Every one of us has an inner desire to grow in knowledge and in character. We want to improve and be a better version of “me”. As we strive to be better in the intangible (knowledge, experience, skills etc), what is demonstrated to others around us is our actions or behaviours. We need to “act out” our intentions in order for something to happen. To perform any task, we need to be able to perform a serious of actions. Upon performing the same set of actions over and over, we are over time and repetition developing a habit.
Habit is a set of actions to complete a certain task that has become an automatic process. We don’t have to think hard in performing a certain task. For example, brushing your teeth. When you first learn this skill, it requires a lot of focus, energy and coordination to be able to maneuvers the toothbrush to brush each tooth without hurting yourself. After performing that same set of actions over time, it naturally becomes easier until a point where you don’t even have to think about it. You can now brush your teeth and probably do something else at the same time.
That is the power of habit. Once a series of actions have been repeated until it becomes automatic, it does not require much brain “power” to work at it, it makes it very efficient. There also lies the downside of habit. It is so powerful that it is hard to break or change a habit. Trying to break or change a habit is like pushing your car uphill with the handbrakes engaged. Our brains do not like the effort that it takes to make those changes because believe it or not, our brains are “lazy”.
How would you go about changing or creating a new habit? As mentioned, a habit is formed when we want to accomplish or achieve a certain goal. In order to achieve a certain goal, certain actions need to be taken. Upon reaching the goal, you will experience a reward. Therefore to create a habit, there are 3 areas:
- Goal: There needs to be a trigger to get the ball rolling.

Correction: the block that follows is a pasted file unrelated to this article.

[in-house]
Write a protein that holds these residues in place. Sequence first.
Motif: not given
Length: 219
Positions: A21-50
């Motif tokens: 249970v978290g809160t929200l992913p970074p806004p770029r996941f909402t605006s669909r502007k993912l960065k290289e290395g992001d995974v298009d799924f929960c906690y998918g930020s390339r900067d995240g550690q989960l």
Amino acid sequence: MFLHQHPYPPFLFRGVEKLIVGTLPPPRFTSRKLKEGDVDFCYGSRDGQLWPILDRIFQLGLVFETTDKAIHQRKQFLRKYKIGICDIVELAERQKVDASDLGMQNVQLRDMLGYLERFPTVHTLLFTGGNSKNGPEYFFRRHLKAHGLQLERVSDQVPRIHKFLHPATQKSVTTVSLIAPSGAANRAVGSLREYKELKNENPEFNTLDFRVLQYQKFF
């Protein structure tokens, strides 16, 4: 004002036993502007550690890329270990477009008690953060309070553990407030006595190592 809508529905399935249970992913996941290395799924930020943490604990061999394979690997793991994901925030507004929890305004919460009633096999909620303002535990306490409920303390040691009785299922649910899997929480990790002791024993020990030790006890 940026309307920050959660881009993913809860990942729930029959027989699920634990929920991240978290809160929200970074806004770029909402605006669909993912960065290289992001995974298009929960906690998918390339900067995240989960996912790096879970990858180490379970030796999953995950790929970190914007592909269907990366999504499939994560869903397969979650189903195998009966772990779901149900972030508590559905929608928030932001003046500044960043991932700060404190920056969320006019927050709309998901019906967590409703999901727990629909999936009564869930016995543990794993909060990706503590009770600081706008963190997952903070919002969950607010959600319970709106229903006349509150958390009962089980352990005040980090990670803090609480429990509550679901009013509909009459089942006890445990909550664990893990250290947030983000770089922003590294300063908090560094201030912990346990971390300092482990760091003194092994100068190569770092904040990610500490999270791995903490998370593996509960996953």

- Series of actions or process: In order to achieve the specified goal, there must be a series of actions that needs to take place in order to make it a reality.
- Reward: What is the reward that you envision for achieving that goal.
As an example, to create a new sleep habit. The goal is to sleep for 7 hours every night. To achieve this goal, there needs to be a series of actions eg no technology an hour before bed, no sugary or caffeine drinks, do some yoga stretches to relax etc. The reward is a good night of 7 hours sleep. At the start, it will be hard and our “old” habit will basically be saying “no” to every attempt. That is where willpower comes in.
Willpower is the key to creating new habits. Willpower is basically your conscious mind saying “I am going to do this no matter what.” A decision or a choice that you are committed on doing regardless of what you feel. Willpower is also like a muscle, it grows stronger with use and time. Willpower has been described as self-control or self-disciple, all of which requires a conscious decision to be made and then the commitment to follow through. The beautiful aspect of it is that over time and continuous repetition any set of actions will become a habit. To get to the habit stage, the initial stage will be like pushing the car with the hand brakes engaged uphill until it starts to go down the hill with the hand brakes disengaged. Various studies have shown that the key attribute every successful person have is self-discipline. The willpower to decide and stay the course. Without willpower, we are not able to break through any habits.
To create or change a habit:
- Identify the goal or desired outcome.
- What is the desired outcome?
- Why do I want this outcome?
- Be specific.
- If it is a long term goal, then break it down to achievable mini-goals.
- Outline your strategy or series of actions that needs to take place.
- Write down the actions that need to take place.
- Break down “bigger” actions into “smaller” ones which does not look daunting. For example, if you want to exercise for 30 minutes as the big goal, break it down to 5 minutes every day for the 1st week and work your way up. By breaking it down to 5 minutes, it will not seem as daunting as 30 minutes.
- Be committed to executing the plan knowing that over time, it will be easier.
- Stick to it and repeat
- Reward. Set up a reward system for yourself. Mini-rewards for each mini-milestone. That will keep you going when you acknowledge your progress. Our willpower needs to be rewarded as it is being strengthened.
In the next article, I will cover the barriers for willpower and how to overcome them.